It was a sunshiny day in Washington D.C. on July 26, 1990 when then President George H. W. Bush signed into law the Americans with Disabilities Act in a White House Rose Garden ceremony. As the Smithsonian Magazine noted: “That day, the United States became the first country to pass comprehensive protections for the basic civil rights of people with disabilities, outlawing discrimination against individuals with disabilities in schools, employment, transportation, and other key parts of public life. The ADA would also remake the physical environment of the country by mandating accessibility in public spaces—entry ramps, Braille on signs, automatic doors, curb cuts and lifts on city buses and other measures that make it easier for the more than 61 million Americans living with disabilities to participate fully in society.”
At the bill-signing ceremony for this watershed legislation, President Bush hailed the ADA as “the end to the unjustified segregation and exclusion of persons with disabilities from the mainstream of American life.” Yet, three decades later significant barriers still exist for Americans with disabilities.
Employment Gap. The ADA prohibits discrimination against people with disabilities in employment, education, transportation and any place that is open to the general public. The law put disability on an equal footing with race, color, sex and other classes that are protected from discrimination. Still, fewer than 20% of adults with disabilities were employed in 2019, compared with 66% of those without a disability. Even after adjusting for age (people with disabilities are more likely to be older) there is still an employment gap. The ADA requires employers to provide “reasonable accommodations” to employees with disabilities provided those accommodations don’t create “undue hardship.” But the harsh reality is that during times of high unemployment when the pool of job seekers is large, employers are less inclined to make accommodations for disabled job applicants. This is a particular concern during these times when the COVID-19 pandemic has put the brakes on the economy and unemployment is at its highest level since the Great Depression.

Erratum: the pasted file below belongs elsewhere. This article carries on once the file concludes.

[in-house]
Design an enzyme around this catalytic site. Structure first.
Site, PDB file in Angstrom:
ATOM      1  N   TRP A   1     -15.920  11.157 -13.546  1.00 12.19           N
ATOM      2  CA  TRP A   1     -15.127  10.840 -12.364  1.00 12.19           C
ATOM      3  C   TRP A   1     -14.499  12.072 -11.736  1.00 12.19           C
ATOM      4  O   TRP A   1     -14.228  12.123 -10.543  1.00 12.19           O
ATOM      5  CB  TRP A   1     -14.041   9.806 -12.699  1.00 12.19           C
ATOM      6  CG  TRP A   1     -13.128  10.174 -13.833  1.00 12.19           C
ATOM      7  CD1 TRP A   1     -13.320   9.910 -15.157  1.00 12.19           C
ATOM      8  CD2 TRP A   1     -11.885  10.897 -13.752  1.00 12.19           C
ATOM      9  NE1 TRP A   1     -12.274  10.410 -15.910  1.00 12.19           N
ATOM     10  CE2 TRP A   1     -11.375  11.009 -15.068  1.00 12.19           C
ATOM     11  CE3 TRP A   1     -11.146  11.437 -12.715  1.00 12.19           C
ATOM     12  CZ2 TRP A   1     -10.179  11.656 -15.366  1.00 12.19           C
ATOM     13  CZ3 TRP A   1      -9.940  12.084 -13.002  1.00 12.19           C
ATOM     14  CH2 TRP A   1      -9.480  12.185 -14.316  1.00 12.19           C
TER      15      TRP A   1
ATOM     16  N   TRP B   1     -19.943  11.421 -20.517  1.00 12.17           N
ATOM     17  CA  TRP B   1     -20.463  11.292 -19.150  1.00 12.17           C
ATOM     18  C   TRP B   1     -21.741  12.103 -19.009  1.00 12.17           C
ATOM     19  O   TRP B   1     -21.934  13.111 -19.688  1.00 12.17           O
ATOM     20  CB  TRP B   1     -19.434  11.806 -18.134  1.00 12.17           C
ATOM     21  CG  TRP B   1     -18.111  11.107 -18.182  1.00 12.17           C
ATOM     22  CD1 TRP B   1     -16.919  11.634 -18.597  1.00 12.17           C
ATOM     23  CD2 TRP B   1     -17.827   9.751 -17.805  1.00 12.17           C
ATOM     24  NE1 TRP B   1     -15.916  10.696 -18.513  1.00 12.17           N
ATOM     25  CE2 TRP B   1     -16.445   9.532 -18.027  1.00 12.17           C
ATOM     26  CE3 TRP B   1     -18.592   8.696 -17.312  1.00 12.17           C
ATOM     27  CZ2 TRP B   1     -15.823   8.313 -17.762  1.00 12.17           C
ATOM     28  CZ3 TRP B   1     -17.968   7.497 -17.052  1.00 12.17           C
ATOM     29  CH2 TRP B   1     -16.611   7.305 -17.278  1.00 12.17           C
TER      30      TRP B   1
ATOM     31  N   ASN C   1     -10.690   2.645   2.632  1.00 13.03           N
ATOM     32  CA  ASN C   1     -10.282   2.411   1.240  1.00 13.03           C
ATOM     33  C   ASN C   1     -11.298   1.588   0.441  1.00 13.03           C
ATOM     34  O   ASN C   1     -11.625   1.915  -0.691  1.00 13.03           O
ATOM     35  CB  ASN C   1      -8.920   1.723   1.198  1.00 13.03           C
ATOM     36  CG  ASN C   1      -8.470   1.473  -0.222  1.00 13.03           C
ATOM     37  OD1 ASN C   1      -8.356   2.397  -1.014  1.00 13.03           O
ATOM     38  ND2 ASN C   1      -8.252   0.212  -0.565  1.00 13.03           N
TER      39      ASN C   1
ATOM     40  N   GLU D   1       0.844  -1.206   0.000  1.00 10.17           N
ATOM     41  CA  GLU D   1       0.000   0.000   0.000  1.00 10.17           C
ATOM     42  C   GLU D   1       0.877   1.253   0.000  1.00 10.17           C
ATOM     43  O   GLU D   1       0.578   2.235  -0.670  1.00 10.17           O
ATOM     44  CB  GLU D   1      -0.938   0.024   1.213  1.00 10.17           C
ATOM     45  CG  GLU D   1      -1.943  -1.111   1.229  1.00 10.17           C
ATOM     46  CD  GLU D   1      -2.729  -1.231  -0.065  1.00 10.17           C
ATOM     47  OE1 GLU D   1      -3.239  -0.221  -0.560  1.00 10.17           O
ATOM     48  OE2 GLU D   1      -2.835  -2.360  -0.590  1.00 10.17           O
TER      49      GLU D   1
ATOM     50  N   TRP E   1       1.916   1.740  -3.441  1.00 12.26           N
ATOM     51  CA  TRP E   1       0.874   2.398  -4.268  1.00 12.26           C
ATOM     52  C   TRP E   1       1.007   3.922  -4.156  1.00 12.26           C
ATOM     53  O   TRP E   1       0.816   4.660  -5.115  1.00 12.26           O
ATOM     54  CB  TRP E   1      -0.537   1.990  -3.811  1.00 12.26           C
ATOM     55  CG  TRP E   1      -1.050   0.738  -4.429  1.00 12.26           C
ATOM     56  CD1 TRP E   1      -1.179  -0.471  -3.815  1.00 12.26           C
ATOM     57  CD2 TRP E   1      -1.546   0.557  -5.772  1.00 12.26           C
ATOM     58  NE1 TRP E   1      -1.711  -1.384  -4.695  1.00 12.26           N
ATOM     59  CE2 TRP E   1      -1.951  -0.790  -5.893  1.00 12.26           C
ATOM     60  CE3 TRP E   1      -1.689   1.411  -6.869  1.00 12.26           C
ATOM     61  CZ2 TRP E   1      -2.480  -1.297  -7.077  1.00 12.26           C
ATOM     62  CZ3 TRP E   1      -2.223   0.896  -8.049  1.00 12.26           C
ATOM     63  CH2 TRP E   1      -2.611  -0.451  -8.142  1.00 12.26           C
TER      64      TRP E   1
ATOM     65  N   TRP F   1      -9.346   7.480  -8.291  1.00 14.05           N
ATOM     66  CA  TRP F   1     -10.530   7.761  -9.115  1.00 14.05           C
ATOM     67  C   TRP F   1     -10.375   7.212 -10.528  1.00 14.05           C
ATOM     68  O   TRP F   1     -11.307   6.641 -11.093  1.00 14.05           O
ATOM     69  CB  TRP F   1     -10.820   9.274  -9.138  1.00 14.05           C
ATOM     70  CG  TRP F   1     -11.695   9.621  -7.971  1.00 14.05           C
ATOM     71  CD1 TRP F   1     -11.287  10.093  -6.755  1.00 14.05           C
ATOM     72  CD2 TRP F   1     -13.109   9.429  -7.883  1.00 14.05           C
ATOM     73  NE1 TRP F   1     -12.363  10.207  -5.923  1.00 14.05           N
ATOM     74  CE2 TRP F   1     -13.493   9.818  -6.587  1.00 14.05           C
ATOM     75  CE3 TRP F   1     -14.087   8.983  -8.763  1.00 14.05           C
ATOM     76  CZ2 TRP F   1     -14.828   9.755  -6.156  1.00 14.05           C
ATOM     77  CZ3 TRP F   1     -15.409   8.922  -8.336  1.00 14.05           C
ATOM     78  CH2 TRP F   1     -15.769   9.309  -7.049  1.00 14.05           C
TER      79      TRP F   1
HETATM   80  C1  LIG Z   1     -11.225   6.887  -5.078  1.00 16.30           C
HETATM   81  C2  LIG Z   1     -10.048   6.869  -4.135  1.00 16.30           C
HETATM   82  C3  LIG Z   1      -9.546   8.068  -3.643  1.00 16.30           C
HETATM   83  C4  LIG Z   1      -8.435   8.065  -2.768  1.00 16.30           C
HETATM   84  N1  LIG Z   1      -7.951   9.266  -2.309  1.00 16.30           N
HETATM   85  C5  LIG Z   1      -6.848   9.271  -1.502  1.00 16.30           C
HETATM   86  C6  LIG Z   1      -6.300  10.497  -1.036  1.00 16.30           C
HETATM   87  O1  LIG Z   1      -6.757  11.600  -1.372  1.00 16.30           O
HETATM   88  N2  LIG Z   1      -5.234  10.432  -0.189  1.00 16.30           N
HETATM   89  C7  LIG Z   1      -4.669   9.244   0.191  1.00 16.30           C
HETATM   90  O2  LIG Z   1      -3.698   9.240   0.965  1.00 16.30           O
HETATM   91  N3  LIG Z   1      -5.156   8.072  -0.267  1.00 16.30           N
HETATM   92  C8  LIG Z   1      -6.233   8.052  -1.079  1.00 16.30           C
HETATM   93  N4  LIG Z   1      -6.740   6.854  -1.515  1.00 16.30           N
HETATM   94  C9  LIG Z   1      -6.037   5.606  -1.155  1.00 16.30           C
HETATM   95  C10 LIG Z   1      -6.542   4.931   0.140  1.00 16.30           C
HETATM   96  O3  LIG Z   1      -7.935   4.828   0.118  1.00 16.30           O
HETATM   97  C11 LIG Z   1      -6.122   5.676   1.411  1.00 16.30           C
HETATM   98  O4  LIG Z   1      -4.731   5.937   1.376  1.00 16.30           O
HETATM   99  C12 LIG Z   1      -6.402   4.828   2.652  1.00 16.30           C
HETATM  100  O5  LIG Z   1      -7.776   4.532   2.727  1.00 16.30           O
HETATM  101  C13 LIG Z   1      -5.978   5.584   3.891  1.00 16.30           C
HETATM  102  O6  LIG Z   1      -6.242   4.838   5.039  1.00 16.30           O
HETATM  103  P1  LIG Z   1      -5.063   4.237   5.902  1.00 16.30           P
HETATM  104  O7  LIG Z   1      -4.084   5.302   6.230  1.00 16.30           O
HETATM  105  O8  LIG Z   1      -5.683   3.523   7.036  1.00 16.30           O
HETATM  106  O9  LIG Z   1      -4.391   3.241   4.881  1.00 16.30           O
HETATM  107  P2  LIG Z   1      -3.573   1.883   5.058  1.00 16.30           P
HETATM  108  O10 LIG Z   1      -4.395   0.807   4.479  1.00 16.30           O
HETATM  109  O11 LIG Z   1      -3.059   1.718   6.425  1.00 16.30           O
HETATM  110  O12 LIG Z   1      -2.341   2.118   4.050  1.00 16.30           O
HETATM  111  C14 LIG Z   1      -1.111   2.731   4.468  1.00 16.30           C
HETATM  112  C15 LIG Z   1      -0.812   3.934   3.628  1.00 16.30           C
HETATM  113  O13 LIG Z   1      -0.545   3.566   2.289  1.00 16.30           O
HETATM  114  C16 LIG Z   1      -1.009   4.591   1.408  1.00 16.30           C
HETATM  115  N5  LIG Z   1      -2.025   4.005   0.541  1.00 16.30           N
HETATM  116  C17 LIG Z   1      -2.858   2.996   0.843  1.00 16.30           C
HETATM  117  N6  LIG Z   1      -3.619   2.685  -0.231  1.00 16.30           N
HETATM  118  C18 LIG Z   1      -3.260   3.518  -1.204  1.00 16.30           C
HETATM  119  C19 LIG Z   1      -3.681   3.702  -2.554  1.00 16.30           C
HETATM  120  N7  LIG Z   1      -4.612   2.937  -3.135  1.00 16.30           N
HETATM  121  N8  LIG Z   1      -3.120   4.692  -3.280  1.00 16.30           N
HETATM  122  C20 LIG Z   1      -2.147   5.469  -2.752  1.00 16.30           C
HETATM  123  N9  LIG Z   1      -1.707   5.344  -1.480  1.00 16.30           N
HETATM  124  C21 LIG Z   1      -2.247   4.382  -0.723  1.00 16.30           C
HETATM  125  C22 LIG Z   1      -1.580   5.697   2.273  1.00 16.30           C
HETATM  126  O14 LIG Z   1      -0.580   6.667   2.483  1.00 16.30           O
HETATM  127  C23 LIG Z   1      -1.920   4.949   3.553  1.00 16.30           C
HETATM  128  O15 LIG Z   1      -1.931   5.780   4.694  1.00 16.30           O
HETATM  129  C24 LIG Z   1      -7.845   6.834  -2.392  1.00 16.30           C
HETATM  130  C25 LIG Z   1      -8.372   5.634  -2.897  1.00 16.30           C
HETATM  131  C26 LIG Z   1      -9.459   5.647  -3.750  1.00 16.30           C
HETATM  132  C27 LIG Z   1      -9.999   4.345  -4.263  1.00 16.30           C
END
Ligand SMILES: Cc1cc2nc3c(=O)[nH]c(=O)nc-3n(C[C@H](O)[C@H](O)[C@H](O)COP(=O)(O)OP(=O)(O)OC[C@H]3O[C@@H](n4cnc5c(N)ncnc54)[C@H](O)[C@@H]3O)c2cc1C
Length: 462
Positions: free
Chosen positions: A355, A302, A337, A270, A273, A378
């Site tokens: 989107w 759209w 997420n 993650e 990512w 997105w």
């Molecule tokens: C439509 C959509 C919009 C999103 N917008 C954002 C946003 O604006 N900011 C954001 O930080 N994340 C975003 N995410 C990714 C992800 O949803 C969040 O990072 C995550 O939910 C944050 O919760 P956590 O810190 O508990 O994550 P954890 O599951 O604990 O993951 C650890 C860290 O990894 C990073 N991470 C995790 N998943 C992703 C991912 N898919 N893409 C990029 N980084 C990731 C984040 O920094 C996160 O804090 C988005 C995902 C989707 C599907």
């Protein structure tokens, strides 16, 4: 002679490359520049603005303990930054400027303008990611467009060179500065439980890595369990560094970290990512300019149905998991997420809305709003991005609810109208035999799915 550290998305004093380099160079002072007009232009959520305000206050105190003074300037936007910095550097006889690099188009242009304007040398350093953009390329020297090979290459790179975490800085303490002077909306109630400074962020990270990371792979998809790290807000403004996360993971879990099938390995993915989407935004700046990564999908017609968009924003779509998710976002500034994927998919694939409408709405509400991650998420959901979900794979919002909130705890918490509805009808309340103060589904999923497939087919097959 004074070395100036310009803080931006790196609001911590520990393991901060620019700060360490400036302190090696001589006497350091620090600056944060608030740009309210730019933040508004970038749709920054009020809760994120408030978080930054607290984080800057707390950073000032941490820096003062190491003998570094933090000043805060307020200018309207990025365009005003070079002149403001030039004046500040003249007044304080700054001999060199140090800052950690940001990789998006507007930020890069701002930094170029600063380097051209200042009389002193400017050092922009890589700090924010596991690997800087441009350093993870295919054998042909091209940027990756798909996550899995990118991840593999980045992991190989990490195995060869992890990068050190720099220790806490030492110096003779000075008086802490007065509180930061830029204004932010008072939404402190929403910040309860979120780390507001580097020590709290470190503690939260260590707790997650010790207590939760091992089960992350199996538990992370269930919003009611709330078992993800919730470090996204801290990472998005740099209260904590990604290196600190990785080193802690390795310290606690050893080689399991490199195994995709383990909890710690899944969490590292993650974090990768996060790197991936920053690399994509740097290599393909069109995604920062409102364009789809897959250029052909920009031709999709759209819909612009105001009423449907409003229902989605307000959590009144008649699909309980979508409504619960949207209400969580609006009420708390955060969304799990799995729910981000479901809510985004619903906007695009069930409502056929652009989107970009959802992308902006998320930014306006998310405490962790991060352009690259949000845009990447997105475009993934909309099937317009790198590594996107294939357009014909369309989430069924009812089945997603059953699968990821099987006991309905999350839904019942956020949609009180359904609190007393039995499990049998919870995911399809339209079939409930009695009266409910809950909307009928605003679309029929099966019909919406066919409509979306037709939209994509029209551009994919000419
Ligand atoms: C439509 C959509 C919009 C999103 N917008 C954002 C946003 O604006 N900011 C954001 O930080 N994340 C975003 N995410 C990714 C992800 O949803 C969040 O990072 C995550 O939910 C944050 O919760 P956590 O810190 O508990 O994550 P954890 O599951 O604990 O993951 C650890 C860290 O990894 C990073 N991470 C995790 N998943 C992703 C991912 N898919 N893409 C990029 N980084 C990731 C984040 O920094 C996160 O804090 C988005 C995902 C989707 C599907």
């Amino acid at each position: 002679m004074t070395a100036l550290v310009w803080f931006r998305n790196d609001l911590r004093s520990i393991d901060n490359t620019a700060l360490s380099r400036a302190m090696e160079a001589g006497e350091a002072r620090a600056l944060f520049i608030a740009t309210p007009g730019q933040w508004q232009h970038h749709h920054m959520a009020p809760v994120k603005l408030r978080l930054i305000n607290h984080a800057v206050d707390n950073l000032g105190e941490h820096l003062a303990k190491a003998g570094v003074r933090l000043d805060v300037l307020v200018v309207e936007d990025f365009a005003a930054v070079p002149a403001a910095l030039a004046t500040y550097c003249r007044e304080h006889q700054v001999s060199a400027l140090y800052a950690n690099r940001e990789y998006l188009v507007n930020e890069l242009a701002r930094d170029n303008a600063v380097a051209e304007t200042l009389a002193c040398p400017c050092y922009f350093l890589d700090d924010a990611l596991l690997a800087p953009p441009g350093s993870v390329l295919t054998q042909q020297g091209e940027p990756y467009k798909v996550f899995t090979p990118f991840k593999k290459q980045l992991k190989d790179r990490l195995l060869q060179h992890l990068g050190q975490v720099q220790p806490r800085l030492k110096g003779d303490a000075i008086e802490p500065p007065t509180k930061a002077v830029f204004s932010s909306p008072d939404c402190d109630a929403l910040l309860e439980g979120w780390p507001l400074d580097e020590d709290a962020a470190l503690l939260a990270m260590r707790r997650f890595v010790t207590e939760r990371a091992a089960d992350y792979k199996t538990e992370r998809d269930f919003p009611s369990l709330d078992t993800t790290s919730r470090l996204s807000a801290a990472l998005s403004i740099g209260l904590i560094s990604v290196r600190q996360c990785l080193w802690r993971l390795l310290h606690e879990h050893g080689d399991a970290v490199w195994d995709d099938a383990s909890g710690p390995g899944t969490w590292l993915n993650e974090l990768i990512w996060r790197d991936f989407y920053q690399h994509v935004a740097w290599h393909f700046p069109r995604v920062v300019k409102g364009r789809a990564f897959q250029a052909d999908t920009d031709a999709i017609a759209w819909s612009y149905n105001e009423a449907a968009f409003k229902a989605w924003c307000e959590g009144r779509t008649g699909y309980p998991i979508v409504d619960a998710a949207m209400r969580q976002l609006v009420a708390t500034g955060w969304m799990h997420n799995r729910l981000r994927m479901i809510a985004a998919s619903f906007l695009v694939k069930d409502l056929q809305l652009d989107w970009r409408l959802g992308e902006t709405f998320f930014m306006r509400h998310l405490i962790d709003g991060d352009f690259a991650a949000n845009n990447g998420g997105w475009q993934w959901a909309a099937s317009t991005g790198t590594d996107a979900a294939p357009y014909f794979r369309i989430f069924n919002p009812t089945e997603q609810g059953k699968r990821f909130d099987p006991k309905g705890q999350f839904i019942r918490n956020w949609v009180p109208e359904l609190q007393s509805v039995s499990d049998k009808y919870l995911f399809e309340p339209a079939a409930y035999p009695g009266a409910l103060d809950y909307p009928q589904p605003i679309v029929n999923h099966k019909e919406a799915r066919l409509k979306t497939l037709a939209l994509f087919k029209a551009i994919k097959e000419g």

Stereotypes Persist. “There are a vast amount of stereotypes that keep companies from hiring,” April Allen, program director at My Possibilities, a nonprofit organization in Plano, Texas, which serves adults with intellectual and developmental disabilities, told baptistnews.com. Businesses “think that the accommodations [for disabled employees] will be too expensive — but they’re really an average of about $500.” Additionally, Allen said, “many employers have preconceived notions that disabled people can’t learn or won’t be able to do the job well or at all. But the reality is far different. It has been proved that for the adults we place in jobs the turnover is so low,” she said. “They are so enthusiastic about having a job. They’re loyal and they stay there. For many, it’s their first paycheck.” As a society we still have work to do to break down the biases that lead to discrimination.
Transportation and Technology Inequalities. Without a doubt the Americans with Disabilities Act has improved how disabled people can get around. Better sidewalks, crosswalks that make noise and flash, kneeling buses, more ramps and elevators all have advanced the mobility of disabled Americans. However, more needs to be done. For example, air travel is not covered by the ADA and, according to advocates for the disabled, over the past three decades it has become worse for disabled people. This is “particularly [true] when it comes to getting motorized wheelchairs in and out of cargo pits”, says Judy Huemann, a disability rights activist. “Technology companies, too, often lag behind in providing accessibility measures for users with disabilities—contributing to what’s known as the ‘digital divide,’” she says.
Part of the reason why many of the hoped for outcomes of the ADA have not come to pass is because enforcement of the ADA, in many cases, hinges on an individual or group successfully suing for compliance. The mechanism for actually implementing the ADA, in many respects, is the process of somebody with a disability filing a complaint about the lack of accessibility,” explains Beth Ziebarth, who directs Access Smithsonian, the branch of the Smithsonian Institution that works to make its museums, zoo and research centers accessible to all. “That leads to spotty compliance across the country.”